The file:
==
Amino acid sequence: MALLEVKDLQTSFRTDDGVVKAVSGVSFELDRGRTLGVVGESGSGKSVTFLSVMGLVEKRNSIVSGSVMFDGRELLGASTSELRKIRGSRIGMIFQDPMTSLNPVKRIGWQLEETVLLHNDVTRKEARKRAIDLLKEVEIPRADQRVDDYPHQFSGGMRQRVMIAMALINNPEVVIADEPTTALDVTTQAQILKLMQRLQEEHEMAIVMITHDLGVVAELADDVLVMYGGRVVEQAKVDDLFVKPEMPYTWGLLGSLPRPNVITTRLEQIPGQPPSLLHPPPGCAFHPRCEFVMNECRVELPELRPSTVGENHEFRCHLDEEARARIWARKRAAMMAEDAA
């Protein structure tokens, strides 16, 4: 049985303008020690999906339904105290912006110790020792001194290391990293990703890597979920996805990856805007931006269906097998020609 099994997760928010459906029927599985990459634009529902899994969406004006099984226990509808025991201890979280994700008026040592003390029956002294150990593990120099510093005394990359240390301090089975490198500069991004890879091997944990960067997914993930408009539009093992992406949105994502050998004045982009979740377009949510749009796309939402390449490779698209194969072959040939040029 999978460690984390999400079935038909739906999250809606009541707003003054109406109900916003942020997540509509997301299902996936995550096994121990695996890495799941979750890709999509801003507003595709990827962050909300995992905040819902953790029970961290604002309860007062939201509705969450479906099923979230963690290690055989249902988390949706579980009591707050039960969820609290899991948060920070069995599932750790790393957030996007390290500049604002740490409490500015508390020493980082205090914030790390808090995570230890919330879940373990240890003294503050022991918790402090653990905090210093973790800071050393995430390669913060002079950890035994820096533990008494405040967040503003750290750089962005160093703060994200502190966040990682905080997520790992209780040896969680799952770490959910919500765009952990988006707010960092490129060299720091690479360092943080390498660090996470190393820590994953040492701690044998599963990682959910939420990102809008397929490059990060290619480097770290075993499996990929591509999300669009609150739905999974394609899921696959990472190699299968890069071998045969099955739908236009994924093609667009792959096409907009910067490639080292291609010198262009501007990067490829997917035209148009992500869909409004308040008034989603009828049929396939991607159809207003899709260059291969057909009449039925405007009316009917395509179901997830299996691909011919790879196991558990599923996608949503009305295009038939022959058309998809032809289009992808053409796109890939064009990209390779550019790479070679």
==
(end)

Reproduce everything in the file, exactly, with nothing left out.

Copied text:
Amino acid sequence: MALLEVKDLQTSFRTDDGVVKAVSGVSFELDRGRTLGVVGESGSGKSVTFLSVMGLVEKRNSIVSGSVMFDGRELLGASTSELRKIRGSRIGMIFQDPMTSLNPVKRIGWQLEETVLLHNDVTRKEARKRAIDLLKEVEIPRADQRVDDYPHQFSGGMRQRVMIAMALINNPEVVIADEPTTALDVTTQAQILKLMQRLQEEHEMAIVMITHDLGVVAELADDVLVMYGGRVVEQAKVDDLFVKPEMPYTWGLLGSLPRPNVITTRLEQIPGQPPSLLHPPPGCAFHPRCEFVMNECRVELPELRPSTVGENHEFRCHLDEEARARIWARKRAAMMAEDAA
């Protein structure tokens, strides 16, 4: 049985303008020690999906339904105290912006110790020792001194290391990293990703890597979920996805990856805007931006269906097998020609 099994997760928010459906029927599985990459634009529902899994969406004006099984226990509808025991201890979280994700008026040592003390029956002294150990593990120099510093005394990359240390301090089975490198500069991004890879091997944990960067997914993930408009539009093992992406949105994502050998004045982009979740377009949510749009796309939402390449490779698209194969072959040939040029 999978460690984390999400079935038909739906999250809606009541707003003054109406109900916003942020997540509509997301299902996936995550096994121990695996890495799941979750890709999509801003507003595709990827962050909300995992905040819902953790029970961290604002309860007062939201509705969450479906099923979230963690290690055989249902988390949706579980009591707050039960969820609290899991948060920070069995599932750790790393957030996007390290500049604002740490409490500015508390020493980082205090914030790390808090995570230890919330879940373990240890003294503050022991918790402090653990905090210093973790800071050393995430390669913060002079950890035994820096533990008494405040967040503003750290750089962005160093703060994200502190966040990682905080997520790992209780040896969680799952770490959910919500765009952990988006707010960092490129060299720091690479360092943080390498660090996470190393820590994953040492701690044998599963990682959910939420990102809008397929490059990060290619480097770290075993499996990929591509999300669009609150739905999974394609899921696959990472190699299968890069071998045969099955739908236009994924093609667009792959096409907009910067490639080292291609010198262009501007990067490829997917035209148009992500869909409004308040008034989603009828049929396939991607159809207003899709260059291969057909009449039925405007009316009917395509179901997830299996691909011919790879196991558990599923996608949503009305295009038939022959058309998809032809289009992808053409796109890939064009990209390779550019790479070679």